Artwork by Raymond John Mead,  Untitled Abstraction

Ray Mead
Untitled Abstraction

acrylic on canvas
signed and dated 1982 on reverse
8 x 18 ins ( 20.3 x 45.7 cms )

Sold for $6,325.00
Sale date: May 25th 2017

Provenance:
Private Collection, Nova Scotia
Literature:
Roald Nasgaard, Abstract Painting in Canada, Toronto, 2007, page 106
Ray Mead moved to Montreal in 1958, five years following the formation of Painters Eleven in Toronto, to work as the art director for an advertising agency. His paintings began to evoke an influence of the prominent Quebec artist group Les Plasticiens. Mead abandoned oil paint for acrylic, and adopted an approach of hard-edge abstraction. “Untitled Abstraction” (1982) demonstrates this new direction Mead took in his artwork in the years following his move to Montreal. Roald Nasgaard comments on Mead’s stylistic development in these years, remarking that “during the later 1970s and early 1980s many of his paintings were executed in response to post-painterly Colour Field painting: flat fields of colour in simple geometric orderings.” In “Untitled Abstraction”, the artist created a dialogue between complementary colours red and green, and formed a structure that still includes controlled, clean, lines as well as spontaneous drippings of paint, so as to not fully adhere to the reductive minimalist abstraction. The year 1982 also marks a mid-career retrospective of Mead’s work at the Robert McLaughlin Gallery in Oshawa curated by Joan Murray, which was praised for the artist’s striking frankness and emotional depth in his mature work.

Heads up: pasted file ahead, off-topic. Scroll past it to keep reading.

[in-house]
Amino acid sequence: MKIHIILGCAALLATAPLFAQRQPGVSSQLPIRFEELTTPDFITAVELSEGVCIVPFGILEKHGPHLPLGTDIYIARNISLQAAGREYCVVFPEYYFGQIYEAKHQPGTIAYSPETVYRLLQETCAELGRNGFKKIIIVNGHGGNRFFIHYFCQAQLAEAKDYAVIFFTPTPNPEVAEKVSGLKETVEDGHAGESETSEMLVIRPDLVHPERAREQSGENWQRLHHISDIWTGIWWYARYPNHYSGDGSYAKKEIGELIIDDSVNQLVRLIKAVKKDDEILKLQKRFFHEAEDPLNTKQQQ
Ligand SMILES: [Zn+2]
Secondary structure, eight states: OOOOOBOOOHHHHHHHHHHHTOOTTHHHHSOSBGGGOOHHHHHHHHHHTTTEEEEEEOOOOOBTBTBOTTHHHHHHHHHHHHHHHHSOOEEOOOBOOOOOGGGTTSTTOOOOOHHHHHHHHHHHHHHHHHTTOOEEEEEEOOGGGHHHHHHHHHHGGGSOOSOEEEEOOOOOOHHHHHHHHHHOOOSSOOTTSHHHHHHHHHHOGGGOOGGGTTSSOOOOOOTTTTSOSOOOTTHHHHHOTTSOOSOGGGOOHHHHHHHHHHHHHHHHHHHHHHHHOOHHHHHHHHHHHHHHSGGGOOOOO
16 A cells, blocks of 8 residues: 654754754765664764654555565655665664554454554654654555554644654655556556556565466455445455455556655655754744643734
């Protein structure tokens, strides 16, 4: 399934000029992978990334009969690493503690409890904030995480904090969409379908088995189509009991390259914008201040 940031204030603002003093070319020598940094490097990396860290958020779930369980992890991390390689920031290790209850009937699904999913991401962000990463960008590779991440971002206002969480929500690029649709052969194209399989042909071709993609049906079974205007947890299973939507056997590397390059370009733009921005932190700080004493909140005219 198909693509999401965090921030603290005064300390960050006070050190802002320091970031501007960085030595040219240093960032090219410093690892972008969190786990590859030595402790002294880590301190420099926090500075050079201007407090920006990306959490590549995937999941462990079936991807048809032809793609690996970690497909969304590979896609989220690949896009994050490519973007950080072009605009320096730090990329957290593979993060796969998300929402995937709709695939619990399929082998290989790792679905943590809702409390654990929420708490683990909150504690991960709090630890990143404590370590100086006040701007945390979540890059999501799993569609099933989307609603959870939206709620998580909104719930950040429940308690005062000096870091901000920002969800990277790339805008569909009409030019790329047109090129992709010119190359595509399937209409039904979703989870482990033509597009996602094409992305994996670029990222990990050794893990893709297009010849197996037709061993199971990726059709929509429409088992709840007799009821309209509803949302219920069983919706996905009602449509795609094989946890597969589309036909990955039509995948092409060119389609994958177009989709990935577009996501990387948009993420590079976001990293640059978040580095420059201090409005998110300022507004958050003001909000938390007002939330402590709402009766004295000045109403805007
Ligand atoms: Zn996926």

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Raymond John Mead
(1921 - 1998) Painters Eleven